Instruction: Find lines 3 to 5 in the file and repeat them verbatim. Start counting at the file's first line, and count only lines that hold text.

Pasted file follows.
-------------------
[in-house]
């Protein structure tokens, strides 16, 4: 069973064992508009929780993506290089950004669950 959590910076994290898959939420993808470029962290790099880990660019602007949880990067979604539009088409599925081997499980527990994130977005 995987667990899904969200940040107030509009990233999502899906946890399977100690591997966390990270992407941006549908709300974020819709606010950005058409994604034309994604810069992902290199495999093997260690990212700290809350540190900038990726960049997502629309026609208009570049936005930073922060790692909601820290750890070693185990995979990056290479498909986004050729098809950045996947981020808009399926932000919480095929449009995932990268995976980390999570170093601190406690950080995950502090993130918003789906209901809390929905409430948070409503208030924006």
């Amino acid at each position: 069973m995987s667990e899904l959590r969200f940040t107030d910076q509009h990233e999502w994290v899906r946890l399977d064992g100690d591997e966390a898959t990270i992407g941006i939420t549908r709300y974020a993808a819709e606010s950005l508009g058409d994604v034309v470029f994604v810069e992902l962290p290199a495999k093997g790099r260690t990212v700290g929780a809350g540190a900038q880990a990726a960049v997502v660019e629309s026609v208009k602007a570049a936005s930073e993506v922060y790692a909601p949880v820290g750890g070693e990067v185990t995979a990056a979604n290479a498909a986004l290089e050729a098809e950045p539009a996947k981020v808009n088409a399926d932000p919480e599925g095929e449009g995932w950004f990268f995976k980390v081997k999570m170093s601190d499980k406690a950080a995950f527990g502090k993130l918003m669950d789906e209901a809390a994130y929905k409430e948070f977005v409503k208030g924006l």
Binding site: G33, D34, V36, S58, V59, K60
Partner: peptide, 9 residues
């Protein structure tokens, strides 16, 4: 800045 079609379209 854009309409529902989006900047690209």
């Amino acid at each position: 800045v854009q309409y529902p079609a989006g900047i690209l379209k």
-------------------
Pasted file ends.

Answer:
């Amino acid at each position: 069973m995987s667990e899904l959590r969200f940040t107030d910076q509009h990233e999502w994290v899906r946890l399977d064992g100690d591997e966390a898959t990270i992407g941006i939420t549908r709300y974020a993808a819709e606010s950005l508009g058409d994604v034309v470029f994604v810069e992902l962290p290199a495999k093997g790099r260690t990212v700290g929780a809350g540190a900038q880990a990726a960049v997502v660019e629309s026609v208009k602007a570049a936005s930073e993506v922060y790692a909601p949880v820290g750890g070693e990067v185990t995979a990056a979604n290479a498909a986004l290089e050729a098809e950045p539009a996947k981020v808009n088409a399926d932000p919480e599925g095929e449009g995932w950004f990268f995976k980390v081997k999570m170093s601190d499980k406690a950080a995950f527990g502090k993130l918003m669950d789906e209901a809390a994130y929905k409430e948070f977005v409503k208030g924006l």
Binding site: G33, D34, V36, S58, V59, K60
Partner: peptide, 9 residues